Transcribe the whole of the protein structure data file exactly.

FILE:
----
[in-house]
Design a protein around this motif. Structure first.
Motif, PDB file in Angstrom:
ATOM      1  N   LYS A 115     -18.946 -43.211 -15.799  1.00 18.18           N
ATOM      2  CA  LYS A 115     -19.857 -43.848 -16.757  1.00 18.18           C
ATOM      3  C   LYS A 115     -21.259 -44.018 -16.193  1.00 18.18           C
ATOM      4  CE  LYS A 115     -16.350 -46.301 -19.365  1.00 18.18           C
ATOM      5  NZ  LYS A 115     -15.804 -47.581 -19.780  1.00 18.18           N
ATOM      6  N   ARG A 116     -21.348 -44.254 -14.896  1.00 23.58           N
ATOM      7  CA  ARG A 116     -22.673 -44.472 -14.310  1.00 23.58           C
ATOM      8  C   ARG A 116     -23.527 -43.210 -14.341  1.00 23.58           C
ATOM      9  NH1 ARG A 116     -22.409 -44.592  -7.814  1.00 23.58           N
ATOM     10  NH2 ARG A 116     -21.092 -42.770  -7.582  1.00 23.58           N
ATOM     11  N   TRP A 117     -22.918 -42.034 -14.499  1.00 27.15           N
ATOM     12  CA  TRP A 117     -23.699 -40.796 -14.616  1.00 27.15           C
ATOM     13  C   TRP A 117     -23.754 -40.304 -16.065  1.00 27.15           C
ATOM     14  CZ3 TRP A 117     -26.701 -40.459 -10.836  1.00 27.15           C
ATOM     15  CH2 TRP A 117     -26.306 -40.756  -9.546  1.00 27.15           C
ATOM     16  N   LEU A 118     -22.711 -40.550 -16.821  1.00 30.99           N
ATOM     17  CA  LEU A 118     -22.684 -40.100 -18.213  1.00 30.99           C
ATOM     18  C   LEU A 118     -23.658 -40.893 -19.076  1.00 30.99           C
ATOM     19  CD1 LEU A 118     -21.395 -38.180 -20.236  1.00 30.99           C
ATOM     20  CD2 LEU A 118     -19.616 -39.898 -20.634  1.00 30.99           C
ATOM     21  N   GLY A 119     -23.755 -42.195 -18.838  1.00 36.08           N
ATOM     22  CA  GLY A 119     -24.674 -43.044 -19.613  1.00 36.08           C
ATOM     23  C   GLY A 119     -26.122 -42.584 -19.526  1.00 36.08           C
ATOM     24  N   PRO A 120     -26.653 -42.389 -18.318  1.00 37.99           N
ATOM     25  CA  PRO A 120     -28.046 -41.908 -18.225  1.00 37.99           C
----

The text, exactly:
[in-house]
Design a protein around this motif. Structure first.
Motif, PDB file in Angstrom:
ATOM      1  N   LYS A 115     -18.946 -43.211 -15.799  1.00 18.18           N
ATOM      2  CA  LYS A 115     -19.857 -43.848 -16.757  1.00 18.18           C
ATOM      3  C   LYS A 115     -21.259 -44.018 -16.193  1.00 18.18           C
ATOM      4  CE  LYS A 115     -16.350 -46.301 -19.365  1.00 18.18           C
ATOM      5  NZ  LYS A 115     -15.804 -47.581 -19.780  1.00 18.18           N
ATOM      6  N   ARG A 116     -21.348 -44.254 -14.896  1.00 23.58           N
ATOM      7  CA  ARG A 116     -22.673 -44.472 -14.310  1.00 23.58           C
ATOM      8  C   ARG A 116     -23.527 -43.210 -14.341  1.00 23.58           C
ATOM      9  NH1 ARG A 116     -22.409 -44.592  -7.814  1.00 23.58           N
ATOM     10  NH2 ARG A 116     -21.092 -42.770  -7.582  1.00 23.58           N
ATOM     11  N   TRP A 117     -22.918 -42.034 -14.499  1.00 27.15           N
ATOM     12  CA  TRP A 117     -23.699 -40.796 -14.616  1.00 27.15           C
ATOM     13  C   TRP A 117     -23.754 -40.304 -16.065  1.00 27.15           C
ATOM     14  CZ3 TRP A 117     -26.701 -40.459 -10.836  1.00 27.15           C
ATOM     15  CH2 TRP A 117     -26.306 -40.756  -9.546  1.00 27.15           C
ATOM     16  N   LEU A 118     -22.711 -40.550 -16.821  1.00 30.99           N
ATOM     17  CA  LEU A 118     -22.684 -40.100 -18.213  1.00 30.99           C
ATOM     18  C   LEU A 118     -23.658 -40.893 -19.076  1.00 30.99           C
ATOM     19  CD1 LEU A 118     -21.395 -38.180 -20.236  1.00 30.99           C
ATOM     20  CD2 LEU A 118     -19.616 -39.898 -20.634  1.00 30.99           C
ATOM     21  N   GLY A 119     -23.755 -42.195 -18.838  1.00 36.08           N
ATOM     22  CA  GLY A 119     -24.674 -43.044 -19.613  1.00 36.08           C
ATOM     23  C   GLY A 119     -26.122 -42.584 -19.526  1.00 36.08           C
ATOM     24  N   PRO A 120     -26.653 -42.389 -18.318  1.00 37.99           N
ATOM     25  CA  PRO A 120     -28.046 -41.908 -18.225  1.00 37.99           C